In mid-2017, I came across this project by James Munns. It essentially wraps the C SDK for nRF52 development boards, and provides bindings that can be called from Rust. James gave a talk to the Rust DC Meetup, remotely over video conference. This talk inspired me to buy a couple of nRF52 dev boards.
I'd like to announce that here, in Nordic's official channels, because I'd like more embedded developers to become aware of it. Rust is a language that has the ability to compile down to native code with zero runtime, and no operating system. In other words, Rust can run on bare metal hardware. Today.
Some challenges we will face (you can help!):
If you are interested, here are some links to learn more:
Here is a link to the GitHub repository
Here is a link to the full video recording of the DC Meetup talk. It offers a detailed overview of our embedded development workflow.
Finally, here is a recent talk about using "unsafe" code in Rust. This is relevant, because in the embedded context a lot of code involves usage of the unsafe keyword. This talk explains why that's necessary and not as scary as it sounds.
Manufacturer support? Ha! C++ has been a far better choice for embedded code for a very long time, but the industry still insists on C. I use C++ exclusively on Çortex-M devices, and have benefited greatly in terms of development time, reliability, readability, maintainability, and so on. Rust is interesting, but immature. C programmers can segue into C++ much more easily and gain essentially all the same benefits.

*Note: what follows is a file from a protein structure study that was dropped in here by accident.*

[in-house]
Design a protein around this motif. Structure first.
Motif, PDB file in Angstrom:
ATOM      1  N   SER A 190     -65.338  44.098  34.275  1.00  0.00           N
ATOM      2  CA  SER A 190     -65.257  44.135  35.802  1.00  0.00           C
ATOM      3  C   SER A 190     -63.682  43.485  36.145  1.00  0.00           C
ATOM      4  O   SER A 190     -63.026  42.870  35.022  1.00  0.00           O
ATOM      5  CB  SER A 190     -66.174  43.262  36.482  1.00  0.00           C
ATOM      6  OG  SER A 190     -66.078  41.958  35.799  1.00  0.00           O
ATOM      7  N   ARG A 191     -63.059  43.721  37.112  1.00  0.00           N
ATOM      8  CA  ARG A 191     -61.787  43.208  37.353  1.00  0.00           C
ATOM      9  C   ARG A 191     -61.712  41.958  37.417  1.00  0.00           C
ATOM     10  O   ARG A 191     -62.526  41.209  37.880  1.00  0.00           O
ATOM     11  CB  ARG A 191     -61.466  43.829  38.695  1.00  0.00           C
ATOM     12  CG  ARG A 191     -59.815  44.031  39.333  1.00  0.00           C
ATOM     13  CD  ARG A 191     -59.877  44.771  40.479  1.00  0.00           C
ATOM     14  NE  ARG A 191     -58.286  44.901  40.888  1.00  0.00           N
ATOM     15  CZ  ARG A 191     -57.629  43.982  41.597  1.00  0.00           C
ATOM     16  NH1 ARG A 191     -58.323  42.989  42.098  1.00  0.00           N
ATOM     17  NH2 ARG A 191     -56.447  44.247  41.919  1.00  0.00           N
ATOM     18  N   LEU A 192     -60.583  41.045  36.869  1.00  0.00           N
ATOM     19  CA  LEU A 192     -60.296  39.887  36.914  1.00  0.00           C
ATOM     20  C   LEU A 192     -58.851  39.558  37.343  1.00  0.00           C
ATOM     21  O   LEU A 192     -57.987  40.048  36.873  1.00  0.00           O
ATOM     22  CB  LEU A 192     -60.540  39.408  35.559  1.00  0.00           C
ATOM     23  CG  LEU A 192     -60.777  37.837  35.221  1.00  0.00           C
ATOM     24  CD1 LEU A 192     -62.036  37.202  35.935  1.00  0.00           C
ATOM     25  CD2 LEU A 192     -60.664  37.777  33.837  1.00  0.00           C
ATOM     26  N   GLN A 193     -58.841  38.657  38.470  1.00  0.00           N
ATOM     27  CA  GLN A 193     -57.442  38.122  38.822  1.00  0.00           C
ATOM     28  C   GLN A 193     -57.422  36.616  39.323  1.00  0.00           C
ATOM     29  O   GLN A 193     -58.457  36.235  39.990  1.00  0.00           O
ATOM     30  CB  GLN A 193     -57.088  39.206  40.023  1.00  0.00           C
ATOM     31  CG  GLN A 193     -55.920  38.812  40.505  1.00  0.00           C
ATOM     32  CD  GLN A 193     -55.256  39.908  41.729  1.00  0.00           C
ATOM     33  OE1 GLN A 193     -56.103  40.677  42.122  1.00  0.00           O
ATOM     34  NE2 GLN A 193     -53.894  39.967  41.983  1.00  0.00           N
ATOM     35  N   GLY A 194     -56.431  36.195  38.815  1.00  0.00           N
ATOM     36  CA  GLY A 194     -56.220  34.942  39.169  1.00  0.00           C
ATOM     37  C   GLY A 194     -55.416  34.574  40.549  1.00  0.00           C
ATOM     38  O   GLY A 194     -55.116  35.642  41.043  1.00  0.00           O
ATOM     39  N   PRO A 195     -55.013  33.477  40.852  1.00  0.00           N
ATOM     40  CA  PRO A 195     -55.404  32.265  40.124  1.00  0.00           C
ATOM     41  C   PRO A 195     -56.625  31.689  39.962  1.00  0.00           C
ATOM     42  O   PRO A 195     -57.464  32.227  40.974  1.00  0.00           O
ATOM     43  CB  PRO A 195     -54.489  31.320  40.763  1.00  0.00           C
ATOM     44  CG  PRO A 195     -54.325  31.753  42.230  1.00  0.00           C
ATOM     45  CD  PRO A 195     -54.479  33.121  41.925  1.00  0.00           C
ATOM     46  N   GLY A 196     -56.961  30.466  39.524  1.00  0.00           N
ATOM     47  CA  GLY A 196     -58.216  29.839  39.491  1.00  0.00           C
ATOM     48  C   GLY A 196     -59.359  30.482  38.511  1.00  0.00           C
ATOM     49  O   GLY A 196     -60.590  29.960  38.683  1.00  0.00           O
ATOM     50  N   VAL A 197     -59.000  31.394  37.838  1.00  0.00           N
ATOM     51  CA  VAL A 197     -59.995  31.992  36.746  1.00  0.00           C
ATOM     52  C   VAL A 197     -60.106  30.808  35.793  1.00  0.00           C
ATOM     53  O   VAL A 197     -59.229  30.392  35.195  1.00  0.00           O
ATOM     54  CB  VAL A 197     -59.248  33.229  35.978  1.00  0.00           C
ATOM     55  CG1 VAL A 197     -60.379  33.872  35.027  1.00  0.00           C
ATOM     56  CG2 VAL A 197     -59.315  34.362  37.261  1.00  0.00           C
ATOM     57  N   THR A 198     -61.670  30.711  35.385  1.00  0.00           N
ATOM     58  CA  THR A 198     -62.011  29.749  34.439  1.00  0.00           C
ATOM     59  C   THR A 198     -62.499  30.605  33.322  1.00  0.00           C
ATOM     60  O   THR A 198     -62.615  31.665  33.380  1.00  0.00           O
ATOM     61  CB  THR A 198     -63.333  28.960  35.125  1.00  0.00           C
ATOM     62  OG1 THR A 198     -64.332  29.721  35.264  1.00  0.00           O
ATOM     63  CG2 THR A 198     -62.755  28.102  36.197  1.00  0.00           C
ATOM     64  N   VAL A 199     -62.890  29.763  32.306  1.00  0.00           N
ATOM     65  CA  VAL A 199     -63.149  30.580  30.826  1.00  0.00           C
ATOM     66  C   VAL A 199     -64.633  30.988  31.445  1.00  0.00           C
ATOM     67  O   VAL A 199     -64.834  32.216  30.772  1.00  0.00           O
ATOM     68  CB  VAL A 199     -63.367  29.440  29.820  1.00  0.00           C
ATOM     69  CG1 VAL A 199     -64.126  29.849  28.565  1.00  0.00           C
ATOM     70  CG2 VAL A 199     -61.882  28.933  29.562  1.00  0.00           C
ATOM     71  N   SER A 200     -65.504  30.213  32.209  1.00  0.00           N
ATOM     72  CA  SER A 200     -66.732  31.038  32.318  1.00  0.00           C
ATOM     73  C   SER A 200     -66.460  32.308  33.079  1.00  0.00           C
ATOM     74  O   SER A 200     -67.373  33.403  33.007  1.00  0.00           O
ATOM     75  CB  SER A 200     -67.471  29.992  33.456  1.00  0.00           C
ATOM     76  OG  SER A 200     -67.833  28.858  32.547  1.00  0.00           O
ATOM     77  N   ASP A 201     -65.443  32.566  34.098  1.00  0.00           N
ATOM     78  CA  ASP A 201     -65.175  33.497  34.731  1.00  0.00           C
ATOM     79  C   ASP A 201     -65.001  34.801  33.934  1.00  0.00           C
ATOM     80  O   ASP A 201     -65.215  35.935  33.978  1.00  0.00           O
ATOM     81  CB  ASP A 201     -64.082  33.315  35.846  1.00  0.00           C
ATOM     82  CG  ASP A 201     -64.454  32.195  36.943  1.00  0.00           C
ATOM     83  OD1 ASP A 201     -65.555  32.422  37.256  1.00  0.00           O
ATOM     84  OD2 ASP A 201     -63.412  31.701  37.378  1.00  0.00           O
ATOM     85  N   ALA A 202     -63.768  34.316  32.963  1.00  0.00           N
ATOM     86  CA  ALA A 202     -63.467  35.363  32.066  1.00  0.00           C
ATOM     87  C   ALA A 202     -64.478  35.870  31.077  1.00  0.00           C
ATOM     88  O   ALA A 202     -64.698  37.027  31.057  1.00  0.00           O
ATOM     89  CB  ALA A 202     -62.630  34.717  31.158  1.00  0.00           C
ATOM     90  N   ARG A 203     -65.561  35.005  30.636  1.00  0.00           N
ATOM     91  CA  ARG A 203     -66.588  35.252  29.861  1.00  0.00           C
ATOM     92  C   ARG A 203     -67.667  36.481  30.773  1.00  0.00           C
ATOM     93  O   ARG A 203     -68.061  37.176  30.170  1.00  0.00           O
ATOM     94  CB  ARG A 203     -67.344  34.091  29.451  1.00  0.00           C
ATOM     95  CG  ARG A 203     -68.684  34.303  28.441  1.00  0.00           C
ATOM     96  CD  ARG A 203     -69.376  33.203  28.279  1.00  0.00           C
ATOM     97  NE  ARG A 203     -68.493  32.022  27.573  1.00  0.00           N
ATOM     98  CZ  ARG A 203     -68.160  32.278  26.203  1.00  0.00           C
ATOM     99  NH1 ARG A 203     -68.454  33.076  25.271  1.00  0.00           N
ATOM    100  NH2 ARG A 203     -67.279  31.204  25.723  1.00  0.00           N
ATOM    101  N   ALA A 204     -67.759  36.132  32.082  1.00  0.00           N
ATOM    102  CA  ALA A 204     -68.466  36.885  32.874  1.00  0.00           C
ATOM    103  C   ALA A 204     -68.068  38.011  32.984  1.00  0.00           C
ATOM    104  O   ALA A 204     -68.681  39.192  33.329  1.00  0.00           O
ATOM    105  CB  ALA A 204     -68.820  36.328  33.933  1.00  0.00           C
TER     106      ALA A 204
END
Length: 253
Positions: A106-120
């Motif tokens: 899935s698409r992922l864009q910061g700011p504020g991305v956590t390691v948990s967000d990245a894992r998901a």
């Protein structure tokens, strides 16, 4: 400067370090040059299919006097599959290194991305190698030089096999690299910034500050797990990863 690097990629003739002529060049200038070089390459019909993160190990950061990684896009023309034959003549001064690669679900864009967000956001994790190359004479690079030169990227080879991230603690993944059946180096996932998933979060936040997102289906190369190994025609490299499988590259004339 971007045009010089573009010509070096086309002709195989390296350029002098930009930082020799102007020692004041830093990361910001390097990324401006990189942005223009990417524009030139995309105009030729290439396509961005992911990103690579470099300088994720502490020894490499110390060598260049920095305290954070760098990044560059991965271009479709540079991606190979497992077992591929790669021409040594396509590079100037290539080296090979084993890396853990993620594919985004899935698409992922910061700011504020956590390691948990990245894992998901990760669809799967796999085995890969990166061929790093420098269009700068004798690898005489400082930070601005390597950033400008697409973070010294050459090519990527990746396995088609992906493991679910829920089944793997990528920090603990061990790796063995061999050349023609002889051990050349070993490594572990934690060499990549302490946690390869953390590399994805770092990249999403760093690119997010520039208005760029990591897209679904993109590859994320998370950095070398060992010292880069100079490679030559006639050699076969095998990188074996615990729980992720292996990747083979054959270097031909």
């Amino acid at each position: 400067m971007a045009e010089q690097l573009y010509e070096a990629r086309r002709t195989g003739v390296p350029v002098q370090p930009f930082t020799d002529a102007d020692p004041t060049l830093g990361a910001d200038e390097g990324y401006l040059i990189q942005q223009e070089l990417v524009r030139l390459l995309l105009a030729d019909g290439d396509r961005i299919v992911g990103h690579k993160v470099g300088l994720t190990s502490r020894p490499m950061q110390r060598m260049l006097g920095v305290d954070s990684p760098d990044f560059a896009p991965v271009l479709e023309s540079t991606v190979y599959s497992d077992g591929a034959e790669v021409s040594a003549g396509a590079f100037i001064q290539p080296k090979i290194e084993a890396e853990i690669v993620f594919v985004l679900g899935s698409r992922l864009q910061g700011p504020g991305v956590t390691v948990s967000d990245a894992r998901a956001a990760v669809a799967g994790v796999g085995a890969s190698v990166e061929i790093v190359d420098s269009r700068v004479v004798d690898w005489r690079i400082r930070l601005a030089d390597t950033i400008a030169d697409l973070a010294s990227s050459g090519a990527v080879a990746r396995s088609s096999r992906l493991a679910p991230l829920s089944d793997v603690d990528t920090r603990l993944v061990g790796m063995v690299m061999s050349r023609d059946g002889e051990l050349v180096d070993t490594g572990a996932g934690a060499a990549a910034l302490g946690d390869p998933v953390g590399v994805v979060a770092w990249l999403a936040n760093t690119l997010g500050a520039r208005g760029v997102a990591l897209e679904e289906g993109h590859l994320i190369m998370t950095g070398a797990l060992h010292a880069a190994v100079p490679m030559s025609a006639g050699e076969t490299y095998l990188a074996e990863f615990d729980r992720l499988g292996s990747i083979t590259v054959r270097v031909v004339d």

Seems pretty doable to me, although I'm not sure how much total time that would Assignment Spot take out of his schedule, and I'm also not accounting for equations and diagrams, which might be more time consuming.
Edit: Actual embedded book here: rust-embedded.github.io/.../introduction.html
It's nice that the nRF52 repo above demonstrates interoperability with the Nordic Softdevices, as thats likely to be a requirement for many using the Nordic parts.Looks like there is work on an embedded book specific to rust as well, I've been following this: doc.rust-lang.org/.../ch00-00-introduction.html
I'm also following this topic with interest, as we're starting a new project on the nRF52 platform, and would like to use Rust if we can gain confidence that we can access the required `nrfx` level functions, and coexist application code with a Softdevice (which James Munn's repo does appear to do).